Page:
True blue, rare in flowers, is easily obtainable in bog sage

Jimmy Williams

We discussed here last week some plants that offer late fall and winter color. I used one of my borders in our back garden to illustrate the point that winter, including the generally detested month of January, can offer some real gems that stand out in an otherwise brown and gray landscape. 

Let us delve deeper today in the subject. Plants that offer winter color can provide it in berries, leafage, and even brightly colored stems. 

To the left and right of our upper driveway stand two varieties of mahonia, or Oregon holly. They are not hollies, but there is some bit of resemblance in their spiny evergreen leaves. They in no obvious way resemble barberries, but, strangely, they are close kin. Break a stem of a mahonia and it will be bright yellow, and so will the stems of barberries.

On the right of the drive and near a parking area is a covey of the most commonly seen mahonia in these parts, Mahonia bealei, with outsize evergreen leaves that, in sun, will sometimes bleach to a dirty color, but in shade seldom does. 

Flowers on long (to 1-foot) stems, shooting from the top of the shrubs at about 6-8 feet off the ground, brighten up the late winter scene and are visible at quite a distance. These are followed by large bright blue berries in clusters that resemble bunches of concord grapes. These are edible though tart, and are said to make into a fine jelly. Birds relish the berries and, consequently, seedlings are often found at quite a distant from their parents. 

On the opposite side of the drive is a different variety of mahonia, I think ‘Marvel,’ which has smaller, less vicious leaves, and similar bright yellow flowers, but with the advantage of flowering earlier, from December into January, for a full month if not sullied by very low temperatures. It also has a better form, not as leggy as the stemmy Bealei. We have at least three of these in different areas and all have prospered.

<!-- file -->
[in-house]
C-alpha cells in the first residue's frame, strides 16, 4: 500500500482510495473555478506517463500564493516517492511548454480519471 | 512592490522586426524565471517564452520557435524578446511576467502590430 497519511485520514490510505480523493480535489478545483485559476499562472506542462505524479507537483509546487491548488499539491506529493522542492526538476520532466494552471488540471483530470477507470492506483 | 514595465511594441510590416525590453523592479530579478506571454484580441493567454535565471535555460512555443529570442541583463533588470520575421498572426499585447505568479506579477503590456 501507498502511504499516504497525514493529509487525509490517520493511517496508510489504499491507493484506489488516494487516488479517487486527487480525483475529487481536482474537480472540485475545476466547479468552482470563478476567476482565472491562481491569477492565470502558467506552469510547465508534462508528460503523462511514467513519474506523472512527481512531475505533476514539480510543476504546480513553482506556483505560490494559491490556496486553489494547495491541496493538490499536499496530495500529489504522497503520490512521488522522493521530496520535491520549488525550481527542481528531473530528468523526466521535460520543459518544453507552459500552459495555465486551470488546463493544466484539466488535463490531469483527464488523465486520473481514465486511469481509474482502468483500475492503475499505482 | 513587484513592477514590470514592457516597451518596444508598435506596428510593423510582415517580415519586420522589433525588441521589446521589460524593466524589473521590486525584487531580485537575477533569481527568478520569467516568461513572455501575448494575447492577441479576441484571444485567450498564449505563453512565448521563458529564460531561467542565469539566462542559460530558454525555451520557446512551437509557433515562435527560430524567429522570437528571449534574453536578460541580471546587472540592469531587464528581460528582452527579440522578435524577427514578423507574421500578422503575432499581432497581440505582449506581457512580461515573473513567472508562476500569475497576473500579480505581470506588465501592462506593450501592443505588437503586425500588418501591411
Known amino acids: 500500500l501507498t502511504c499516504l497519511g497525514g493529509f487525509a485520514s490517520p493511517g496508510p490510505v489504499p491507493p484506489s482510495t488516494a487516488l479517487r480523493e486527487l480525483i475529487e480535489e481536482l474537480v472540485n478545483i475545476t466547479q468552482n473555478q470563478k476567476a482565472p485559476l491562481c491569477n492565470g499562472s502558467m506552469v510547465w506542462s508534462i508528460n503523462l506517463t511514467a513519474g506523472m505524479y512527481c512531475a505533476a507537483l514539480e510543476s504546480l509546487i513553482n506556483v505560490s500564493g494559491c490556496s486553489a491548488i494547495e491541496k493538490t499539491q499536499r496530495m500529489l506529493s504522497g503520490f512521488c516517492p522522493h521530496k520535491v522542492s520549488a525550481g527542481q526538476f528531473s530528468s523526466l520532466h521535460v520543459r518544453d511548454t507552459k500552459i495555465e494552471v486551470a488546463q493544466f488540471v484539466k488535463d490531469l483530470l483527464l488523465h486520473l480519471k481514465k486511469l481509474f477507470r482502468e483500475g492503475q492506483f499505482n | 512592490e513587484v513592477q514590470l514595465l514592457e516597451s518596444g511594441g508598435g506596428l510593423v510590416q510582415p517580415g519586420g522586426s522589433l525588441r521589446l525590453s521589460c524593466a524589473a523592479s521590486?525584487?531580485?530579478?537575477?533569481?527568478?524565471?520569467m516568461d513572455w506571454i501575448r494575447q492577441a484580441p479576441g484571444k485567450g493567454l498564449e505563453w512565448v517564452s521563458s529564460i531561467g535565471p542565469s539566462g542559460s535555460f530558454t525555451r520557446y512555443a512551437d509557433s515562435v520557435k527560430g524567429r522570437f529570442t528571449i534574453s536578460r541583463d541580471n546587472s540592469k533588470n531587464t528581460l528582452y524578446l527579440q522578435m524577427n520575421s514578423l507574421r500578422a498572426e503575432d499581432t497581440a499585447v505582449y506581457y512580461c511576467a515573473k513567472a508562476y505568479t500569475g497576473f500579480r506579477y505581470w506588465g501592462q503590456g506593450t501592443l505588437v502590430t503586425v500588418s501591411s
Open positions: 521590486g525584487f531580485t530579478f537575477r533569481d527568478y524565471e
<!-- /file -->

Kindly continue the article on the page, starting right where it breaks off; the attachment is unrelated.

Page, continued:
One caveat: ‘Marvel’ is marginally hardy here, and zero temperatures will maim it seriously, though it generally comes back from the ground. 

Sited in shade, which it prefers, in our woodland is Chinese rice paper plant, a large shrub that is botanically Edgeworthia chrysantha. It is a native of the Far East, and grows to some 8 feet tall and more than that wide if unhindered. Even before it flowers, about late January into February here, it is covered with large white buds that stand out in the winter, particularly since it is deciduous. 

These buds open gradually into clusters of white flowers, each cluster centered with yellow. The fragrance is heart-stopping and will, on a damp day, permeate the air for many yards around. Not common in nurseries, a search will be required. A fine specimen is located at the home of Pat and Rachel Terrell on Walnut Street, and fortunately where it can be seen from the street. 

Most nurseries carry, in early spring, red-twig and yellow-twig dogwood shrubs, not to be confused with dogwood trees. 

The new growth of the year is a bright red or yellow and “sells on sight,” as the saying goes. 

Unfortunately, some of these are subject to a canker disease in the south, though not bothered in cooler climates. Do some homework before you buy and study up on the best varieties.

A larger plant with exceptional winter stems is the coral bark Japanese maple, which can grow to 20 feet or more. The stems of this tree are, for sure, a coral color on younger twigs and smaller branches. After some years, the tree, and the dogwood shrubs already mentioned, can be pruned back in spring to get the best twig color, which occurs on new growth. 


From Poor Willie’s Almanack — You can’t see all this from in front of a hearth fire. 


JIMMY WILLIAMS is the garden writer for The Post-Intelligencer, where he can be contacted on Monday mornings at 642-1162.

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